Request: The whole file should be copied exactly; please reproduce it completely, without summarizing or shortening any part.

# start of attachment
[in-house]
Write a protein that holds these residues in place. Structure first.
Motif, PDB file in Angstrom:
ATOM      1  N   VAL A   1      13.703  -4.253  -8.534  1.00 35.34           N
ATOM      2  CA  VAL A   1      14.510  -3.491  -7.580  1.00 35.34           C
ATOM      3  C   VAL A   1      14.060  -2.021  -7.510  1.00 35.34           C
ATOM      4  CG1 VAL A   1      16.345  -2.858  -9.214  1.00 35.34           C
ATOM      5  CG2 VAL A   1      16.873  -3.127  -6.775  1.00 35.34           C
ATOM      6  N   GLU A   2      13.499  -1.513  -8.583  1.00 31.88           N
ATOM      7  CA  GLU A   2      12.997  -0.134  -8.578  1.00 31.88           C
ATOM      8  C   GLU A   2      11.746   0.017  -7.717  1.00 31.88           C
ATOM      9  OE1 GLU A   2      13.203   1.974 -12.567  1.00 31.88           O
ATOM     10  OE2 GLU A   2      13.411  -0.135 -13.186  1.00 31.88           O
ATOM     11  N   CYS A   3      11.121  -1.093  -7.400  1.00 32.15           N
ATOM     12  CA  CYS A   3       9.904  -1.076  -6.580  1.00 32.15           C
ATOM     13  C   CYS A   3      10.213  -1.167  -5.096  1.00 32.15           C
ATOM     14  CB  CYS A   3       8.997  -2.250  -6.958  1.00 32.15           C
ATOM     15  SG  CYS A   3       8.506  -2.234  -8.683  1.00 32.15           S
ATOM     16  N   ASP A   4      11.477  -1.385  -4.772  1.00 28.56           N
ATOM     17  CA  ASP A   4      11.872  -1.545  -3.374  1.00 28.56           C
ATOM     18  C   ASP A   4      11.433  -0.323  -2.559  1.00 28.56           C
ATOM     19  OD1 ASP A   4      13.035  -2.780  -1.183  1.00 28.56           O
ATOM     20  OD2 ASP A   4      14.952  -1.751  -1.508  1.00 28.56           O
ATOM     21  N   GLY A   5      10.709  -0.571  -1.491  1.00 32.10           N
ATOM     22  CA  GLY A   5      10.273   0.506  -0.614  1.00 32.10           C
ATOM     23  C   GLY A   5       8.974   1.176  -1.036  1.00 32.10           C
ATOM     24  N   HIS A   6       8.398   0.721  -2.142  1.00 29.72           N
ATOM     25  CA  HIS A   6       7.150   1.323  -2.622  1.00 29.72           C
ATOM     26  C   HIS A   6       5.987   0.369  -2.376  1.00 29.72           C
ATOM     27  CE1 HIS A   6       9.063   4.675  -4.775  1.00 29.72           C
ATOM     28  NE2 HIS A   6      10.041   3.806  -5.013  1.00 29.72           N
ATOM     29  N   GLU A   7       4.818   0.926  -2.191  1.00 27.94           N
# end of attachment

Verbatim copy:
[in-house]
Write a protein that holds these residues in place. Structure first.
Motif, PDB file in Angstrom:
ATOM      1  N   VAL A   1      13.703  -4.253  -8.534  1.00 35.34           N
ATOM      2  CA  VAL A   1      14.510  -3.491  -7.580  1.00 35.34           C
ATOM      3  C   VAL A   1      14.060  -2.021  -7.510  1.00 35.34           C
ATOM      4  CG1 VAL A   1      16.345  -2.858  -9.214  1.00 35.34           C
ATOM      5  CG2 VAL A   1      16.873  -3.127  -6.775  1.00 35.34           C
ATOM      6  N   GLU A   2      13.499  -1.513  -8.583  1.00 31.88           N
ATOM      7  CA  GLU A   2      12.997  -0.134  -8.578  1.00 31.88           C
ATOM      8  C   GLU A   2      11.746   0.017  -7.717  1.00 31.88           C
ATOM      9  OE1 GLU A   2      13.203   1.974 -12.567  1.00 31.88           O
ATOM     10  OE2 GLU A   2      13.411  -0.135 -13.186  1.00 31.88           O
ATOM     11  N   CYS A   3      11.121  -1.093  -7.400  1.00 32.15           N
ATOM     12  CA  CYS A   3       9.904  -1.076  -6.580  1.00 32.15           C
ATOM     13  C   CYS A   3      10.213  -1.167  -5.096  1.00 32.15           C
ATOM     14  CB  CYS A   3       8.997  -2.250  -6.958  1.00 32.15           C
ATOM     15  SG  CYS A   3       8.506  -2.234  -8.683  1.00 32.15           S
ATOM     16  N   ASP A   4      11.477  -1.385  -4.772  1.00 28.56           N
ATOM     17  CA  ASP A   4      11.872  -1.545  -3.374  1.00 28.56           C
ATOM     18  C   ASP A   4      11.433  -0.323  -2.559  1.00 28.56           C
ATOM     19  OD1 ASP A   4      13.035  -2.780  -1.183  1.00 28.56           O
ATOM     20  OD2 ASP A   4      14.952  -1.751  -1.508  1.00 28.56           O
ATOM     21  N   GLY A   5      10.709  -0.571  -1.491  1.00 32.10           N
ATOM     22  CA  GLY A   5      10.273   0.506  -0.614  1.00 32.10           C
ATOM     23  C   GLY A   5       8.974   1.176  -1.036  1.00 32.10           C
ATOM     24  N   HIS A   6       8.398   0.721  -2.142  1.00 29.72           N
ATOM     25  CA  HIS A   6       7.150   1.323  -2.622  1.00 29.72           C
ATOM     26  C   HIS A   6       5.987   0.369  -2.376  1.00 29.72           C
ATOM     27  CE1 HIS A   6       9.063   4.675  -4.775  1.00 29.72           C
ATOM     28  NE2 HIS A   6      10.041   3.806  -5.013  1.00 29.72           N
ATOM     29  N   GLU A   7       4.818   0.926  -2.191  1.00 27.94           N